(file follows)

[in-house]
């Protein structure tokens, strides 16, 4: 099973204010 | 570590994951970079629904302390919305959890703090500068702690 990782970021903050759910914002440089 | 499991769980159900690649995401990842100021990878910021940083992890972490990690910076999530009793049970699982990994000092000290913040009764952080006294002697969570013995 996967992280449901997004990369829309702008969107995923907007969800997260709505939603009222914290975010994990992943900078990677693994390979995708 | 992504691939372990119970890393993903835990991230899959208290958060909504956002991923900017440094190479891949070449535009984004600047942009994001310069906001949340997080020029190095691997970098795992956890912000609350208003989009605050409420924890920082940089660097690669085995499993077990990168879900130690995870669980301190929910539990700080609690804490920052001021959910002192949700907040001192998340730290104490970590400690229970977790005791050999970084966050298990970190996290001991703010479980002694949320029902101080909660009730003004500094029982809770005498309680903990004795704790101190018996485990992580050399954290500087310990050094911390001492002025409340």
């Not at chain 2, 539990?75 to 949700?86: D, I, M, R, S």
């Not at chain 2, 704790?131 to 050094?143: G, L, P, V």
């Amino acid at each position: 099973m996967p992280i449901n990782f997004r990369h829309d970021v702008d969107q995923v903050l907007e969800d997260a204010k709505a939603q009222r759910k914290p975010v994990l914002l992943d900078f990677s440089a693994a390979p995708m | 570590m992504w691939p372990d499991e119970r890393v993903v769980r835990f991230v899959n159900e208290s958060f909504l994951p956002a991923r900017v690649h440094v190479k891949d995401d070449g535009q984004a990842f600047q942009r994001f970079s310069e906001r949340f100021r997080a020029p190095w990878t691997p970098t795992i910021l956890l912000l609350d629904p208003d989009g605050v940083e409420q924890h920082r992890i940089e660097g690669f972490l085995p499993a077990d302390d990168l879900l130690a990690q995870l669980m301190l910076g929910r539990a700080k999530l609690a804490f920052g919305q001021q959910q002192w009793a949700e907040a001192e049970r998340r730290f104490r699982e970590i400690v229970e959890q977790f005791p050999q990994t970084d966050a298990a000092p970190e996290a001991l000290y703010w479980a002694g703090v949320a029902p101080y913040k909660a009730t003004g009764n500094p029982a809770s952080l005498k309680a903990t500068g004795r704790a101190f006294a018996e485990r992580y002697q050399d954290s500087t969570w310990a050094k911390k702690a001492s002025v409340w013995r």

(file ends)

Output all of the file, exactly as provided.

[in-house]
């Protein structure tokens, strides 16, 4: 099973204010 | 570590994951970079629904302390919305959890703090500068702690 990782970021903050759910914002440089 | 499991769980159900690649995401990842100021990878910021940083992890972490990690910076999530009793049970699982990994000092000290913040009764952080006294002697969570013995 996967992280449901997004990369829309702008969107995923907007969800997260709505939603009222914290975010994990992943900078990677693994390979995708 | 992504691939372990119970890393993903835990991230899959208290958060909504956002991923900017440094190479891949070449535009984004600047942009994001310069906001949340997080020029190095691997970098795992956890912000609350208003989009605050409420924890920082940089660097690669085995499993077990990168879900130690995870669980301190929910539990700080609690804490920052001021959910002192949700907040001192998340730290104490970590400690229970977790005791050999970084966050298990970190996290001991703010479980002694949320029902101080909660009730003004500094029982809770005498309680903990004795704790101190018996485990992580050399954290500087310990050094911390001492002025409340």
């Not at chain 2, 539990?75 to 949700?86: D, I, M, R, S």
């Not at chain 2, 704790?131 to 050094?143: G, L, P, V």
């Amino acid at each position: 099973m996967p992280i449901n990782f997004r990369h829309d970021v702008d969107q995923v903050l907007e969800d997260a204010k709505a939603q009222r759910k914290p975010v994990l914002l992943d900078f990677s440089a693994a390979p995708m | 570590m992504w691939p372990d499991e119970r890393v993903v769980r835990f991230v899959n159900e208290s958060f909504l994951p956002a991923r900017v690649h440094v190479k891949d995401d070449g535009q984004a990842f600047q942009r994001f970079s310069e906001r949340f100021r997080a020029p190095w990878t691997p970098t795992i910021l956890l912000l609350d629904p208003d989009g605050v940083e409420q924890h920082r992890i940089e660097g690669f972490l085995p499993a077990d302390d990168l879900l130690a990690q995870l669980m301190l910076g929910r539990a700080k999530l609690a804490f920052g919305q001021q959910q002192w009793a949700e907040a001192e049970r998340r730290f104490r699982e970590i400690v229970e959890q977790f005791p050999q990994t970084d966050a298990a000092p970190e996290a001991l000290y703010w479980a002694g703090v949320a029902p101080y913040k909660a009730t003004g009764n500094p029982a809770s952080l005498k309680a903990t500068g004795r704790a101190f006294a018996e485990r992580y002697q050399d954290s500087t969570w310990a050094k911390k702690a001492s002025v409340w013995r």